That’s what some people who have never lived below the poverty line don’t understand.

Put it another way: The poorer you are, the more things cost. More in money, time, hassle, exhaustion, menace. This is a fact of life that reality television and magazines don’t often explain.

So we’ll explain it here. Consider this a primer on the economics of poverty.

“The poor pay more for a gallon of milk; they pay more on a capital basis for inferior housing,” says Rep. Earl Blumenauer (D-Ore.). “The poor and 100 million who are struggling for the middle class actually end up paying more for transportation, for housing, for health care, for mortgages. They get steered to subprime lending. . . . The poor pay more for things middle-class America takes for granted.”

Poverty 101: We’ll start with the basics.


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David Robinson over at Buffalo News wrote this article a couple weeks back about the thousands of jobs that the region has lost in the last couple  months and the thousands more that will be lost in the coming months.  Keep in mind that the loss of a job was one of the most common reasons cited for homelessness in Buffalo.
01/25/09 07:06 AM

So much for all the talk about the Buffalo Niagara region being a good place to ride out the recession.

While it took about nine months longer to hit here than it did across the country, thanks to our stable but subdued housing market, the steep decline we’ve weathered since September proves that when the national economy turns sour, there’s no place to hide.

“It took a long time for the recession to arrive in Western New York,” says John Slenker, the state Labor Department’s regional economist in Buffalo.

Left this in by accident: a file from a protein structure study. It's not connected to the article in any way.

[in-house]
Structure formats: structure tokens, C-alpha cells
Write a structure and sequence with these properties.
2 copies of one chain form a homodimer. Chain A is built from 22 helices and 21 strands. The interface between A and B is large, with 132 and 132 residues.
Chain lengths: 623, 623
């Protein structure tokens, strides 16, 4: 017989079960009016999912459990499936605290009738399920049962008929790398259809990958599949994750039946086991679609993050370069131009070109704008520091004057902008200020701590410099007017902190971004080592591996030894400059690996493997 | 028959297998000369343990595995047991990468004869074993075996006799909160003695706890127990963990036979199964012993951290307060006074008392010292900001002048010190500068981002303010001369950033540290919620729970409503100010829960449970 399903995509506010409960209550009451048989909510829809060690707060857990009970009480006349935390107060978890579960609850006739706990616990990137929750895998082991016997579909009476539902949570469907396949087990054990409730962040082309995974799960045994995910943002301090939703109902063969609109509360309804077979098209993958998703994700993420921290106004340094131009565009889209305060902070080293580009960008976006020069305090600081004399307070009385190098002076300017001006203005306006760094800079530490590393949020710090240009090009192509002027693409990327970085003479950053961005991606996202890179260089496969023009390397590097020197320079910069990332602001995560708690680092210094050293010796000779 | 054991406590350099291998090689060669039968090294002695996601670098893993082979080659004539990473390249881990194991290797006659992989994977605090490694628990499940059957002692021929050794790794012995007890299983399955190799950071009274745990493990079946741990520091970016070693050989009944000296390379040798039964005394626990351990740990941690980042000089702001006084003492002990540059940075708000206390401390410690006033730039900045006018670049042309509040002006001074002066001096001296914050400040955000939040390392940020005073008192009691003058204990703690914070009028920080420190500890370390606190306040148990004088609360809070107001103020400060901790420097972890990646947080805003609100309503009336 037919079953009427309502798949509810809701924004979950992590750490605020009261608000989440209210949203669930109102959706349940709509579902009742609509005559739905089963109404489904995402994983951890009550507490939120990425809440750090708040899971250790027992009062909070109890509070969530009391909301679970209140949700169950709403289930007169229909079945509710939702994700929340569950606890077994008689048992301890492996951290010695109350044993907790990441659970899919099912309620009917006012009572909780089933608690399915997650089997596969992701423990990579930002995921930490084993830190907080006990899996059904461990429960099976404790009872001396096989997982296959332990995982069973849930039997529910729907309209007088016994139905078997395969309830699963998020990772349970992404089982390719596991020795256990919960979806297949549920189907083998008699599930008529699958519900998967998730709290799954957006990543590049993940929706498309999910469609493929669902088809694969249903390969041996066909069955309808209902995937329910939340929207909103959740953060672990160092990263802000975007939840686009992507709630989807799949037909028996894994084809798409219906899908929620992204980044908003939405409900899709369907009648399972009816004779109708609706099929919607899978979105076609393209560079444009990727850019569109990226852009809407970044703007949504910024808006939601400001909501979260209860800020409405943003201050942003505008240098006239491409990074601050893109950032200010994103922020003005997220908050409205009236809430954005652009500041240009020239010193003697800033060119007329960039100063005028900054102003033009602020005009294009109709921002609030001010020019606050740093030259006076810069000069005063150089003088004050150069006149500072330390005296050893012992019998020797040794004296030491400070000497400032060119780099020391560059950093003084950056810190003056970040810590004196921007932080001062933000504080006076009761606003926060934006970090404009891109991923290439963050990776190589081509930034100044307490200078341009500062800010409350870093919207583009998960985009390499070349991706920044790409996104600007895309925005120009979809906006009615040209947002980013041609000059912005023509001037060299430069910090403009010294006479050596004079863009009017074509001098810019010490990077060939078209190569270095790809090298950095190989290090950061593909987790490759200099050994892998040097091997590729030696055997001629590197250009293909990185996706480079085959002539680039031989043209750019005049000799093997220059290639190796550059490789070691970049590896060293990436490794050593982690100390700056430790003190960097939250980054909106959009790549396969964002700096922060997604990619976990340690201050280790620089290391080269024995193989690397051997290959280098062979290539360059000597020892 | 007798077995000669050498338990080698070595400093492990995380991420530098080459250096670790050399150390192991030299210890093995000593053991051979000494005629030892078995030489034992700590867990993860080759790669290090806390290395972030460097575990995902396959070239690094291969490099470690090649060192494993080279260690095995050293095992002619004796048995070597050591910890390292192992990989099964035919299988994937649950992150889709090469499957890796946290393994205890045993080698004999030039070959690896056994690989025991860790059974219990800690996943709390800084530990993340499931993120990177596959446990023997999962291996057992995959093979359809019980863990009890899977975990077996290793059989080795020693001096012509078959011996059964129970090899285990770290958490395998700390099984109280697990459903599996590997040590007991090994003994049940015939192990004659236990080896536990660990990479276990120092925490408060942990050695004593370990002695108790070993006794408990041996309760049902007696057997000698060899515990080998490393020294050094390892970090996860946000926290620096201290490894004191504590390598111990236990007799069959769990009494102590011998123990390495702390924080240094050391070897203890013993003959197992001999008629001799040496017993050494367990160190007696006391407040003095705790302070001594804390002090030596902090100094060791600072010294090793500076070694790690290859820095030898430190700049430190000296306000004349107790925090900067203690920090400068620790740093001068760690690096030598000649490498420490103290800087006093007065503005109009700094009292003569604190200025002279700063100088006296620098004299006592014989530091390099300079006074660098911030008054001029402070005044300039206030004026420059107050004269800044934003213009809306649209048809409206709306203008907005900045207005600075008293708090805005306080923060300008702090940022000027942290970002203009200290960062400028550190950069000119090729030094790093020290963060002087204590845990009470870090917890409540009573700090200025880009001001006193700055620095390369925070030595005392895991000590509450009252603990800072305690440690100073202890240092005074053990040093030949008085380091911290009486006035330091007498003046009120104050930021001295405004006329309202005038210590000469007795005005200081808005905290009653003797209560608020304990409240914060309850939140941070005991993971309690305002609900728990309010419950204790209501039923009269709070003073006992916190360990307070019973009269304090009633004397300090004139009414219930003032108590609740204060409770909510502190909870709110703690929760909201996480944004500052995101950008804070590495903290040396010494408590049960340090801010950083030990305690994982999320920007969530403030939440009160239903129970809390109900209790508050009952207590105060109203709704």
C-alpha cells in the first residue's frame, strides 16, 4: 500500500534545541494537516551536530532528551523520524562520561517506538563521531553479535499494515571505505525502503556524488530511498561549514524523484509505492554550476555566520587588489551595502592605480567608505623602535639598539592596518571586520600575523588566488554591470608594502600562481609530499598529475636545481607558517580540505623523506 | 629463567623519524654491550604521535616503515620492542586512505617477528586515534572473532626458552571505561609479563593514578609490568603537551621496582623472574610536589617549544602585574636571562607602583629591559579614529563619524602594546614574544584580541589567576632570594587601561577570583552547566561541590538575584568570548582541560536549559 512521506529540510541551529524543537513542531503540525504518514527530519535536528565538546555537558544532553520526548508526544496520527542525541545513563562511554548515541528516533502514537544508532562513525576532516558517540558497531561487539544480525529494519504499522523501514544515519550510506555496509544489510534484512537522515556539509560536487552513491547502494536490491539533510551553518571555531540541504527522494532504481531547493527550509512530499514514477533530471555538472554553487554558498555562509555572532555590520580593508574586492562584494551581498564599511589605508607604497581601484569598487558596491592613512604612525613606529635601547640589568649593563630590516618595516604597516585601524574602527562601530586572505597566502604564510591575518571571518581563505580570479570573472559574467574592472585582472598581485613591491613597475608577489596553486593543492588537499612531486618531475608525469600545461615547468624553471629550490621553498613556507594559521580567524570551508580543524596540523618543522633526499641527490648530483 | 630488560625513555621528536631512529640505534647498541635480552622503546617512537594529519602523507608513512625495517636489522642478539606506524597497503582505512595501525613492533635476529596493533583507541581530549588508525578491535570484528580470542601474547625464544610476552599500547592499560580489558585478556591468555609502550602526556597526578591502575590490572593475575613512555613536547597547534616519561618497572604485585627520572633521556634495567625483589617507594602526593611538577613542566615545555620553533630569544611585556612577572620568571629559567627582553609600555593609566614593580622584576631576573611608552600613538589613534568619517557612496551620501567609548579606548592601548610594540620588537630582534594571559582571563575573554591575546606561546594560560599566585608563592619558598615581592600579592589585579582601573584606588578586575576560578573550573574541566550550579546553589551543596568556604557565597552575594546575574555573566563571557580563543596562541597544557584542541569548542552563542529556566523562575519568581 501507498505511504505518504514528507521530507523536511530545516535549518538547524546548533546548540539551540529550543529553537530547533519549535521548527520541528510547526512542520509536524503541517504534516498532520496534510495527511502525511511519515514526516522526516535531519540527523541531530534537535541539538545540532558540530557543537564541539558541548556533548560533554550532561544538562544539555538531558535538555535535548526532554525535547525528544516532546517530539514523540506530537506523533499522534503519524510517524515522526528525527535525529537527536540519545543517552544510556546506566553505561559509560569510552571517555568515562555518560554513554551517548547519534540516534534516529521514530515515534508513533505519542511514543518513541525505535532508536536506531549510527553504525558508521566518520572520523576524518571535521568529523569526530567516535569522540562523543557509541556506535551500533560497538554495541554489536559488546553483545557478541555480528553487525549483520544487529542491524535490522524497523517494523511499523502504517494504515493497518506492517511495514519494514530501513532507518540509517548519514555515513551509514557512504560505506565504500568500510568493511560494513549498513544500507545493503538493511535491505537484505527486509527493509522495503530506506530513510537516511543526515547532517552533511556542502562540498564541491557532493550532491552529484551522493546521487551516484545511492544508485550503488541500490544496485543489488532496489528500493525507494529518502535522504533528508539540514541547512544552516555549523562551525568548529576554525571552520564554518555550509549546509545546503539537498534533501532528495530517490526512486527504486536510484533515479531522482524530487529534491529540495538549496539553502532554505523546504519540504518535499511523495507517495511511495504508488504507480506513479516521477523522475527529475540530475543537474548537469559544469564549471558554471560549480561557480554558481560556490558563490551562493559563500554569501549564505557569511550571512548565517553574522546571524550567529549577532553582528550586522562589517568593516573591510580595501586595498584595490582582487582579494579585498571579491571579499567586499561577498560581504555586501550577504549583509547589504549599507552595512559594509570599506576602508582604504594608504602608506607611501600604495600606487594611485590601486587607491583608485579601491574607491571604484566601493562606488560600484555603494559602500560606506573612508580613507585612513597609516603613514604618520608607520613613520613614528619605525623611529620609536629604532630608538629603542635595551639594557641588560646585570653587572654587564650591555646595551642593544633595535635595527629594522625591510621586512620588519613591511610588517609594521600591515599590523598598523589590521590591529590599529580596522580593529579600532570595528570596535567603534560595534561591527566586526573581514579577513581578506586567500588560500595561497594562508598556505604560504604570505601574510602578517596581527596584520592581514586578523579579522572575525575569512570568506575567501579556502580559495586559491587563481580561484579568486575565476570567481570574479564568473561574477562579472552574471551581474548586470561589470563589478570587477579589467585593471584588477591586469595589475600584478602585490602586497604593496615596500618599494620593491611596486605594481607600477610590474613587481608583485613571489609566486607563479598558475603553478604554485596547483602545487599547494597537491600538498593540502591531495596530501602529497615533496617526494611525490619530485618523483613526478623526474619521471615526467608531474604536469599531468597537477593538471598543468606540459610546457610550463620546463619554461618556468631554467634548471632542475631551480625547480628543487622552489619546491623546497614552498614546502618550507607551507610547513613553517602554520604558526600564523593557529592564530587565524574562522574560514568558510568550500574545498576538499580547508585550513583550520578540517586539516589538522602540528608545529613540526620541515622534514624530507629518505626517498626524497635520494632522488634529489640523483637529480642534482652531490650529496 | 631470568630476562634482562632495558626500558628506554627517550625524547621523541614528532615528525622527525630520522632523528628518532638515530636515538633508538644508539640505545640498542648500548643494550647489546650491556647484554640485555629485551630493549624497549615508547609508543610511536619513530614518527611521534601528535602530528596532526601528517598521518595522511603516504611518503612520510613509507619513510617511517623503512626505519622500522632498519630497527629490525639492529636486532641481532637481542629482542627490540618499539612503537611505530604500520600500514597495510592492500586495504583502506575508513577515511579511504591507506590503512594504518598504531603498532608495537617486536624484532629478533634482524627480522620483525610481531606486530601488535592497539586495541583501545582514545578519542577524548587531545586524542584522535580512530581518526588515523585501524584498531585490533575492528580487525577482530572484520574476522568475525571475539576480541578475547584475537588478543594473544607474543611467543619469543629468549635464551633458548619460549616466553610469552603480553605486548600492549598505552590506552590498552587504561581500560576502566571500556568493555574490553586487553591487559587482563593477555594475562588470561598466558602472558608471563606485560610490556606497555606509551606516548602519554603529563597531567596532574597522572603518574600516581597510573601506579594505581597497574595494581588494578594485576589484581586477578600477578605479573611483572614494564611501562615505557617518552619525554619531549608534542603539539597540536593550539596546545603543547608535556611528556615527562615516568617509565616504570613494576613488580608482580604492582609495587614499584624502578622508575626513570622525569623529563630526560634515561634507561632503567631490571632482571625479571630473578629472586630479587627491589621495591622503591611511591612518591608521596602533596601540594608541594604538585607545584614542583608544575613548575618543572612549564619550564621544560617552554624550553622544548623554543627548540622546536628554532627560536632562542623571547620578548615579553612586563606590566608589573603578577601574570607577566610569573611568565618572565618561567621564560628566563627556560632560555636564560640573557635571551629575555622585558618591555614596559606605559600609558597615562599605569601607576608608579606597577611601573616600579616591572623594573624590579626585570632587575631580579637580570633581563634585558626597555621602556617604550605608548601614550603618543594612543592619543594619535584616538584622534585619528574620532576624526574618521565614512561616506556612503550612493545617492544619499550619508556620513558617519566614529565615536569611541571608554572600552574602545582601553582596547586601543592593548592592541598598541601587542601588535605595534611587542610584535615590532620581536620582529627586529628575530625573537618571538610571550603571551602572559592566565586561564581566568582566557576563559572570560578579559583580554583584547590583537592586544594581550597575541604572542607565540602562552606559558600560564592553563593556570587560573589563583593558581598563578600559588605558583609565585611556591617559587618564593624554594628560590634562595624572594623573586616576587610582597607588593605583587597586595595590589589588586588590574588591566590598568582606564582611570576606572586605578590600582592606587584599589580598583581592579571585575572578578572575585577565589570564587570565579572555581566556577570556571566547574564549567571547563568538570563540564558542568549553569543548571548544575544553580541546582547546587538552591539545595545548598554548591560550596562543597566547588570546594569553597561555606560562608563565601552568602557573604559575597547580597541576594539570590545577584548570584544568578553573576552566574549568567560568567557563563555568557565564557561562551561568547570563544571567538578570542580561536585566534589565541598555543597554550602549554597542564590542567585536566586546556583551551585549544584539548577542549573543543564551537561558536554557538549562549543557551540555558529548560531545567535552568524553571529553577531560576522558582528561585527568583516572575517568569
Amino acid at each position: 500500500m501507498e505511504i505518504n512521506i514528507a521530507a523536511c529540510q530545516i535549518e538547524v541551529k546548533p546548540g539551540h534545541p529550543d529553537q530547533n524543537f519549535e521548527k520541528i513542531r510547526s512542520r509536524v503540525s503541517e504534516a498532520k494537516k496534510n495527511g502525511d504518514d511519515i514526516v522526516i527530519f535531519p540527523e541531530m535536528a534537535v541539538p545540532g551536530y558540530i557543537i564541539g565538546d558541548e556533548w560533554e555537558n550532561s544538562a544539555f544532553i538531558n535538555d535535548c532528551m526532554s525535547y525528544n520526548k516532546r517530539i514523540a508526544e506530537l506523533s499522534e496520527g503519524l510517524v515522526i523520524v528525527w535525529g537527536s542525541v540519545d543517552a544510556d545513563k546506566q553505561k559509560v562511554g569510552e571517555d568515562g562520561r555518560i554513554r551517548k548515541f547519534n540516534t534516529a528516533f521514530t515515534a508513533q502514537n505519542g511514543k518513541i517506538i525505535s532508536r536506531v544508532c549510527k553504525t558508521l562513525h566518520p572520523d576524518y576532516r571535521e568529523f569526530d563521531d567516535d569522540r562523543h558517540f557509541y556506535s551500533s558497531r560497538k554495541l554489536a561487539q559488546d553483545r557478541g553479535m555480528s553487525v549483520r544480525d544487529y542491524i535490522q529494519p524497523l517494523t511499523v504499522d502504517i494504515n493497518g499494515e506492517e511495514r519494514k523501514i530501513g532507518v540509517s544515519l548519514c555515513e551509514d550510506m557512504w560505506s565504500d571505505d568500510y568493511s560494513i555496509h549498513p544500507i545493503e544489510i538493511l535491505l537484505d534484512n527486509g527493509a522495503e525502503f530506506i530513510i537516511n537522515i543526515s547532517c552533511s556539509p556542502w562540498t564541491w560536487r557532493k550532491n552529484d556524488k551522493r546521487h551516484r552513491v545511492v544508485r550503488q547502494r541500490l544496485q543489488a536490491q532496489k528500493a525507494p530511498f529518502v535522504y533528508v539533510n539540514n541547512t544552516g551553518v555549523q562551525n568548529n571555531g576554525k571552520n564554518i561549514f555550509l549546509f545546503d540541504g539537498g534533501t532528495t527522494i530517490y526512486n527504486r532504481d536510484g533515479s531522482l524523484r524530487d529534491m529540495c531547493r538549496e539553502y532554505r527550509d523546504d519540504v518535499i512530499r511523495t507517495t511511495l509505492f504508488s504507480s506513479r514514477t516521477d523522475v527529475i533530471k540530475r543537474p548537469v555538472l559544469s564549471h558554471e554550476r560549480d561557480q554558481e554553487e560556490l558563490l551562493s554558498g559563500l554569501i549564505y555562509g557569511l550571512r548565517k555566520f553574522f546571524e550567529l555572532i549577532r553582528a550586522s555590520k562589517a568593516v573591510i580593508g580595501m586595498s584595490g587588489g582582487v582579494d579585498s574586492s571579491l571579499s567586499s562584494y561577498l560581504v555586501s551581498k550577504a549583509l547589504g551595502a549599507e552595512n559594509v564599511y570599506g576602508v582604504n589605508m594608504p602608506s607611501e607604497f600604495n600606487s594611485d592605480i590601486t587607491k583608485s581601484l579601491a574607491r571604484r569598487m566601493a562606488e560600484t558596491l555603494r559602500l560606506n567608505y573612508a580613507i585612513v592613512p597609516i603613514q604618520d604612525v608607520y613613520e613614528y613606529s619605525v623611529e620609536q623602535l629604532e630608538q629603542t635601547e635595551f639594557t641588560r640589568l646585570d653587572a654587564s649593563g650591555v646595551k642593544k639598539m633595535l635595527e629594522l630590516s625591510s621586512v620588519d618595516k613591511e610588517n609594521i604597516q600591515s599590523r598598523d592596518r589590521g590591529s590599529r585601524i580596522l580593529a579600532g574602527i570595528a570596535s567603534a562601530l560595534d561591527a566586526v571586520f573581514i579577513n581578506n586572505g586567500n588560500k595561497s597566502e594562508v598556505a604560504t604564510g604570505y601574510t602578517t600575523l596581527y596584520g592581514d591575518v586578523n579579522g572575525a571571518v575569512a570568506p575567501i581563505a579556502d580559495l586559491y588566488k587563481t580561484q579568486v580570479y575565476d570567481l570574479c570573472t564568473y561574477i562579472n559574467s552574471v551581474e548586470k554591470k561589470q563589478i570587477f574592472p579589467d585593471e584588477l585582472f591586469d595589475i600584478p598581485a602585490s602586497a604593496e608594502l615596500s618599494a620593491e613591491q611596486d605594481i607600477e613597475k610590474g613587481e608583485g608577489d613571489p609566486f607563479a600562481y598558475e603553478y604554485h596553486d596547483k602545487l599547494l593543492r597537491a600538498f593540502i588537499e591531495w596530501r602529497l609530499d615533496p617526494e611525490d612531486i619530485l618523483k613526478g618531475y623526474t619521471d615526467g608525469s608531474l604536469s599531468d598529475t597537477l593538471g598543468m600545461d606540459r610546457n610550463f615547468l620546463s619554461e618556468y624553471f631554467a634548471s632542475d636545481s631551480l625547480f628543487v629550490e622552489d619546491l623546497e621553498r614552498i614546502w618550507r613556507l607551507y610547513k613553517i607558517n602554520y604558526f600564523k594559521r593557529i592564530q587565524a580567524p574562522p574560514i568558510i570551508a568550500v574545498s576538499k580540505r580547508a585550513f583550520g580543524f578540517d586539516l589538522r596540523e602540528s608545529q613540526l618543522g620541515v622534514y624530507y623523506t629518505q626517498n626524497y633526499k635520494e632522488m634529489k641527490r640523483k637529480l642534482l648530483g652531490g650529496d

And arrive it has. The region in December endured its biggest monthly job loss since March 2002, when Western New York still was mired in the last recession. The December job losses were so severe — 7,600 positions vanished from December 2007 to December 2008 — that the region now has fewer jobs than it’s had in any December since 1995.

Even Slenker, whose job it is to put together the monthly employment data for the region, was surprised by the severity of the December decline. “This was a larger downturn than I was expecting,” he says.

But this is an economy that’s being wracked by fear, in addition to the fallout from the housing bubble, the vice-like credit crunch and the overall economic malaise it’s creating.

Consumers aren’t buying, fearful that their jobs might be in jeopardy or their pay might be cut, if it hasn’t been already. Companies aren’t investing as much and looking to save money wherever they can.

Executives are thinking a lot like Timothy

T. Tevens, the president and chief executive officer at Columbus McKinnon Corp. The Amherst material handling equipment maker’s sales have started to weaken, with revenues slipping by 5 percent, excluding an October acquisition. New-order bookings slowed at a “mid-to-high single-digit” pace, he said.